Background Randomised controlled trials (RCTs) are considered particularly likely to benefit from patient and public involvement (PPI). Decisions made by professional researchers at the outset may go on to have a significant impact on the potential for PPI contributions.
Objective To increase knowledge of PPI within the early development of RCTs by systematically describing the reported level, nature and acceptability of proposed PPI to the funders.
Methods Documentation from the outline application process for all RCTs that received funding from the Health Technology Assessment (HTA) Programme 2006–2010 was requested. For each application, data were extracted on trial characteristics, references to PPI in the development of the outline application and funding Board feedback, and plans for PPI in the full application and after the trial was funded.
Results 110 applications were eligible with outline applications available for 90 (82%). The cohort covered a wide range of interventions and conditions. 54% (49/90) provided some information about PPI. 26 (28.9%) indicated PPI within the development of the outline application itself; 32 (35.6%) planned involvement in the full application and 43 (48%) once the trial was funded. Recruitment at diagnosis and surgical interventions were less likely to describe PPI. Blinded trials and trials in which participants may receive placebo only, more frequently described PPI activity. The HTA commissioning Board feedback rarely referred to PPI.
Conclusions Incorporation of PPI within the development of the outline application or specification of plans for future involvement was low. Funder requests for applicants to provide information on PPI and justification for its absence should be welcomed but further research is needed to identify the impact of this on its contributions to research. Comments on PPI by reviewers should be directional rather than state that an increase is required. Challenges facing applicants in initiating PPI prior to funding need to be addressed.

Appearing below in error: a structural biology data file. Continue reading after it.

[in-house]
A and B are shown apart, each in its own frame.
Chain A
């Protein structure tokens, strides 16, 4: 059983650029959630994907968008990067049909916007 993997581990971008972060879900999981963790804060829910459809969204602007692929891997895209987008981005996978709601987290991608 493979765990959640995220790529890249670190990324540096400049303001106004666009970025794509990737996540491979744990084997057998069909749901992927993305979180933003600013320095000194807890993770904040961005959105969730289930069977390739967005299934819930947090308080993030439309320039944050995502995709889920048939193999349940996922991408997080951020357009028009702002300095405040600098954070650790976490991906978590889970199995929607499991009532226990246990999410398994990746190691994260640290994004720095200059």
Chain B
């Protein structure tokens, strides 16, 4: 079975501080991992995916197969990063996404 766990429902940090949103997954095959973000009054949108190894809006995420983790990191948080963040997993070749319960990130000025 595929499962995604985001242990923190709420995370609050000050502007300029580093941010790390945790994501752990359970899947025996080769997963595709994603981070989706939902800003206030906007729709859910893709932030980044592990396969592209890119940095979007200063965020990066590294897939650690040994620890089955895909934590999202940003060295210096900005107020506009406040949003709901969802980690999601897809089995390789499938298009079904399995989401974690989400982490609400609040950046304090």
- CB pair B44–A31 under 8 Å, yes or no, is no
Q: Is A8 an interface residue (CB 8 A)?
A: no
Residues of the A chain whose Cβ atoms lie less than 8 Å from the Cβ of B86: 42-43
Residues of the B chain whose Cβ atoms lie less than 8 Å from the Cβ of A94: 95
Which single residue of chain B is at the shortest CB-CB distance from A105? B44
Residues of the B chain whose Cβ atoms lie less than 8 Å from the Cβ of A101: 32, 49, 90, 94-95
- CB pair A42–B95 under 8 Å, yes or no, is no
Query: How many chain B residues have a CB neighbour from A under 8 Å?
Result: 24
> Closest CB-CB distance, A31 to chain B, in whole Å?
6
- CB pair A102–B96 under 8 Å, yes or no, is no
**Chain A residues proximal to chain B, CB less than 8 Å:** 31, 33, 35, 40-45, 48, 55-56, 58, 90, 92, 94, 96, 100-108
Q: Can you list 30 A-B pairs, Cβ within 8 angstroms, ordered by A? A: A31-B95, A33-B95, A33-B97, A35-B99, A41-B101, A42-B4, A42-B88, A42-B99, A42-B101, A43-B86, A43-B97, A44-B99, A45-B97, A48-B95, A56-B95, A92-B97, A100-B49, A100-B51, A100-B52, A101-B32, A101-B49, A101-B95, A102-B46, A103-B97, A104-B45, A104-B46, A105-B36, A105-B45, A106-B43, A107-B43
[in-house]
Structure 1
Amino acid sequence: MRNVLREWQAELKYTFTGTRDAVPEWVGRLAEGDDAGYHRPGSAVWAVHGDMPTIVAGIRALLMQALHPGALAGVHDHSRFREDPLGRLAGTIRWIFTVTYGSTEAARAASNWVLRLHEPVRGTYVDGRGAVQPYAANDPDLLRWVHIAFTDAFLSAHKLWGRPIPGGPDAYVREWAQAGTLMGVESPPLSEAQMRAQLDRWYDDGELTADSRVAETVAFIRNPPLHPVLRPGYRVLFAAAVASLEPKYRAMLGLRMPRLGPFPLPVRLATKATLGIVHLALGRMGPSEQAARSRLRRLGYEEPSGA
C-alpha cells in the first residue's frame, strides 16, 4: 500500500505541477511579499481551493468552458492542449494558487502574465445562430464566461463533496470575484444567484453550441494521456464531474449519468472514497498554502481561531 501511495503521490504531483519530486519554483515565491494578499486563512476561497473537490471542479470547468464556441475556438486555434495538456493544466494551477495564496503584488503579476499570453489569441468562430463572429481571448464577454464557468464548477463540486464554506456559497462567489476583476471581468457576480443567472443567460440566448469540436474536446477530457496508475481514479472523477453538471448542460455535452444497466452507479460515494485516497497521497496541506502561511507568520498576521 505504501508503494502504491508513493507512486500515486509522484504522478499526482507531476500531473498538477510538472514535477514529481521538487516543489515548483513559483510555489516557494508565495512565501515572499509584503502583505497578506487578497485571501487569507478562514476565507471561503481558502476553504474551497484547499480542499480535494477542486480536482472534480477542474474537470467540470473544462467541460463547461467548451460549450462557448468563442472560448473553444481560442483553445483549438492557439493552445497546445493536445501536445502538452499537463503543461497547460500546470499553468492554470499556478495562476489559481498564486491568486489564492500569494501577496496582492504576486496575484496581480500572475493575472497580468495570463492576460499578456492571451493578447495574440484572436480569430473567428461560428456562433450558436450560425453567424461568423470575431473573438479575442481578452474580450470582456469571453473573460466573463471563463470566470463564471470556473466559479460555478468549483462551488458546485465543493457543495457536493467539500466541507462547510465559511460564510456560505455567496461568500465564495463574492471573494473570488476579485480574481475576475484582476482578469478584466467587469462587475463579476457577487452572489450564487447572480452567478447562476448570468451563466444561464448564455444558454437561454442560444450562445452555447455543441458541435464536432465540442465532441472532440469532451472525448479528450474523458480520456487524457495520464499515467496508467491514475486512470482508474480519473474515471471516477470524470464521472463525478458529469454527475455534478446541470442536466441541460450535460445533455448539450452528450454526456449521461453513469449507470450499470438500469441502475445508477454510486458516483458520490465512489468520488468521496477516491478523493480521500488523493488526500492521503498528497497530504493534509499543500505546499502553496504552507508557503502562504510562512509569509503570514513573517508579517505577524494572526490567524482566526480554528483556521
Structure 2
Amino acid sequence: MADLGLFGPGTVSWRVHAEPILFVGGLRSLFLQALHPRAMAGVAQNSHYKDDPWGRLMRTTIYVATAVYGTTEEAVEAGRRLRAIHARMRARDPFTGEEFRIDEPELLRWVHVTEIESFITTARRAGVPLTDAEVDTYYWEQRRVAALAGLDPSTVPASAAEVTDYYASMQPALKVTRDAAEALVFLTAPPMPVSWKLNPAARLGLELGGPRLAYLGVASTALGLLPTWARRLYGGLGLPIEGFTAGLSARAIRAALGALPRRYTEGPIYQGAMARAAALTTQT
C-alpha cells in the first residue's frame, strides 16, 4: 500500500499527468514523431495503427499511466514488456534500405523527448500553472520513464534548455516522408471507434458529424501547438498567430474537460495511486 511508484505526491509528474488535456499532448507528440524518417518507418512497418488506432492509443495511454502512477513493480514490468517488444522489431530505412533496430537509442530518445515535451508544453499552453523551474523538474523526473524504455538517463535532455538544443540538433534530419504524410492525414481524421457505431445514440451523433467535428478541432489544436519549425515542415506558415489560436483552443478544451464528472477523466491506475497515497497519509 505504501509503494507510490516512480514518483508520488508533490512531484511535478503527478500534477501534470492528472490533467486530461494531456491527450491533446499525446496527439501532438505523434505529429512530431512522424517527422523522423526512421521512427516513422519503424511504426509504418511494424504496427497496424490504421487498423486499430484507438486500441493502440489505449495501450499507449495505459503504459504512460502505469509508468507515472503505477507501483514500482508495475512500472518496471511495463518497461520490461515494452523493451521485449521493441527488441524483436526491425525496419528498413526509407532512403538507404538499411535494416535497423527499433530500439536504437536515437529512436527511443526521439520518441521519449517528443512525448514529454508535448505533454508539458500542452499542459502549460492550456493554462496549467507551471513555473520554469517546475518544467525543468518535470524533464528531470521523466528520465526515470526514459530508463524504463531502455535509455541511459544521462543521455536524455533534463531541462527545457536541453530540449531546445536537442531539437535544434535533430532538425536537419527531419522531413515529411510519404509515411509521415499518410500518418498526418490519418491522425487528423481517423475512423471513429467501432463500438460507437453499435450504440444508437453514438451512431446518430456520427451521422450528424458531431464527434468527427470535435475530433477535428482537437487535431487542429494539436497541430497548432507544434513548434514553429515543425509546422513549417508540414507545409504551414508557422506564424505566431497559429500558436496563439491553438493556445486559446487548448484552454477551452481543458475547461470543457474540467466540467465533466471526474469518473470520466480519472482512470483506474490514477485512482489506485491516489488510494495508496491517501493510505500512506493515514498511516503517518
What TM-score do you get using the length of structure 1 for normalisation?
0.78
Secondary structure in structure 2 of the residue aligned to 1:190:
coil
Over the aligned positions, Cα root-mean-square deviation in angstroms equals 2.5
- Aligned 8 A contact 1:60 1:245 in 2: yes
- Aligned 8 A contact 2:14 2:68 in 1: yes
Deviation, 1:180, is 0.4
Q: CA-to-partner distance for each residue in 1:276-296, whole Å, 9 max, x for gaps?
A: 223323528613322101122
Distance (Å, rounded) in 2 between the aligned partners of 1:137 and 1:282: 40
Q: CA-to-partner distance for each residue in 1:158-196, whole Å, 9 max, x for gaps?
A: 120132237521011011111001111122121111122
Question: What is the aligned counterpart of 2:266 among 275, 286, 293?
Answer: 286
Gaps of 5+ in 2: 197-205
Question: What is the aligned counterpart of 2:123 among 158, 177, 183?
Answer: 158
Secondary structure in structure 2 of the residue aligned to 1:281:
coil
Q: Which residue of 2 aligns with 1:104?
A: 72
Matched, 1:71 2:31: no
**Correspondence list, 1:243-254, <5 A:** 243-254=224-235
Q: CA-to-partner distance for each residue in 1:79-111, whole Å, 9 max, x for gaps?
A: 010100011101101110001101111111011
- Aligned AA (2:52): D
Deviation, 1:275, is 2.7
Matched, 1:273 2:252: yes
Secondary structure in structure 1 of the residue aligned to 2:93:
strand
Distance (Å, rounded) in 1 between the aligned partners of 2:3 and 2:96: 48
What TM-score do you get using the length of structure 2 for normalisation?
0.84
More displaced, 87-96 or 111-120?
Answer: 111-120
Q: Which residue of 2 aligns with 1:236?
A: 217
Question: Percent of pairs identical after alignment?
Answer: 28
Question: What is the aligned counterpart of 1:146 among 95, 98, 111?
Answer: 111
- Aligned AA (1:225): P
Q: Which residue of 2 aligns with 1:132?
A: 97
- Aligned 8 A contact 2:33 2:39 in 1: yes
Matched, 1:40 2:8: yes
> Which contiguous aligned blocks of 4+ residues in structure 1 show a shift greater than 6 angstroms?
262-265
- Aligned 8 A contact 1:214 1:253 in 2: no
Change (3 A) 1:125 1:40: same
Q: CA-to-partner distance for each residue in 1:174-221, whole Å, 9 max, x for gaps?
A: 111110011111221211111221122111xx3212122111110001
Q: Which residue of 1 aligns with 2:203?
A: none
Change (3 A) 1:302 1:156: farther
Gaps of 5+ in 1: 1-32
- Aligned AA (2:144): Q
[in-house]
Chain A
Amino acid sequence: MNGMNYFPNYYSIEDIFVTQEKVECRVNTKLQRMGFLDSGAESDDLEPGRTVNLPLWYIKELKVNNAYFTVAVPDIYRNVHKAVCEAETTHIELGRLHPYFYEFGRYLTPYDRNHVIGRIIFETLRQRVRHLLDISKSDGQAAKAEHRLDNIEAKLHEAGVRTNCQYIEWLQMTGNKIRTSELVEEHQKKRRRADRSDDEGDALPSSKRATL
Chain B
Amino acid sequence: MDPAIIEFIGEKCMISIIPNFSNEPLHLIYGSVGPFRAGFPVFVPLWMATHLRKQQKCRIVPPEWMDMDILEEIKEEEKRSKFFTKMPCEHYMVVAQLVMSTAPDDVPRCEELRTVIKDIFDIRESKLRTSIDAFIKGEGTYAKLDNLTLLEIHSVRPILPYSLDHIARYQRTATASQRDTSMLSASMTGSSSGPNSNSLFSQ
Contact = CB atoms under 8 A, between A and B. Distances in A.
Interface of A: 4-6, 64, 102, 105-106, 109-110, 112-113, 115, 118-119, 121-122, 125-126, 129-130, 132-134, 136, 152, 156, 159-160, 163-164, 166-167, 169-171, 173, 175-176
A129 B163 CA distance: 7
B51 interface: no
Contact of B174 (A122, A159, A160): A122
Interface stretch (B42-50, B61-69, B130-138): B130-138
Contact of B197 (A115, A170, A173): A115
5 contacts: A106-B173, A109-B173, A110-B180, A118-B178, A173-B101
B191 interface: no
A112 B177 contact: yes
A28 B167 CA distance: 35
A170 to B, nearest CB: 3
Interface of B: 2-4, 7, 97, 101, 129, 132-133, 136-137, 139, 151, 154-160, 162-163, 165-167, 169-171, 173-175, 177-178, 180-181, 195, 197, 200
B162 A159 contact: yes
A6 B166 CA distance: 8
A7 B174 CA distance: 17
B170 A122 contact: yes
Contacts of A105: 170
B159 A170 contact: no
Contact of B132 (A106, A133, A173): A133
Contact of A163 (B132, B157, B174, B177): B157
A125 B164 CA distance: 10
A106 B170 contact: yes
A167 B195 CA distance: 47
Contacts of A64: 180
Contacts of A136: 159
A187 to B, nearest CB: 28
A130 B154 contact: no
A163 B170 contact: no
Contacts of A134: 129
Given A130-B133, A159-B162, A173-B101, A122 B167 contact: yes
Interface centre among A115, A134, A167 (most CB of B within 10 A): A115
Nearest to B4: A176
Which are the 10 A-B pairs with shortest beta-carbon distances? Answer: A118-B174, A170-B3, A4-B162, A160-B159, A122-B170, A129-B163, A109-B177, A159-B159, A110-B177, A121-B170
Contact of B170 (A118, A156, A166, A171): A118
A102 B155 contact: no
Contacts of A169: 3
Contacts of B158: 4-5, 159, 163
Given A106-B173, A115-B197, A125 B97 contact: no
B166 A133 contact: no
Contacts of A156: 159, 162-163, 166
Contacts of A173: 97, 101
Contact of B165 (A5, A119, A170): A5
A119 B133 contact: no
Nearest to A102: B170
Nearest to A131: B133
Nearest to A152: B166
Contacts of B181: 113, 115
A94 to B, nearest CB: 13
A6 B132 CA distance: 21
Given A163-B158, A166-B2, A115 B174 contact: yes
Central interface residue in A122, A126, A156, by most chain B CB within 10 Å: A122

- STATISTICS & RESEARCH METHODS
- HEALTH SERVICES ADMINISTRATION & MANAGEMENT
- Consumer participation
This is an Open Access article distributed in accordance with the Creative Commons Attribution Non Commercial (CC BY-NC 4.0) license, which permits others to distribute, remix, adapt, build upon this work non-commercially, and license their derivative works on different terms, provided the original work is properly cited and the use is non-commercial. See: http://creativecommons.org/licenses/by-nc/4.0/
Statistics from Altmetric.com
This web only file has been produced by the BMJ Publishing Group from an electronic file supplied by the author(s) and has not been edited for content.
Files in this Data Supplement:
- Data supplement 1 - Online supplement
If you wish to reuse any or all of this article please use the link below which will take you to the Copyright Clearance Center’s RightsLink service. You will be able to get a quick price and instant permission to reuse the content in many different ways.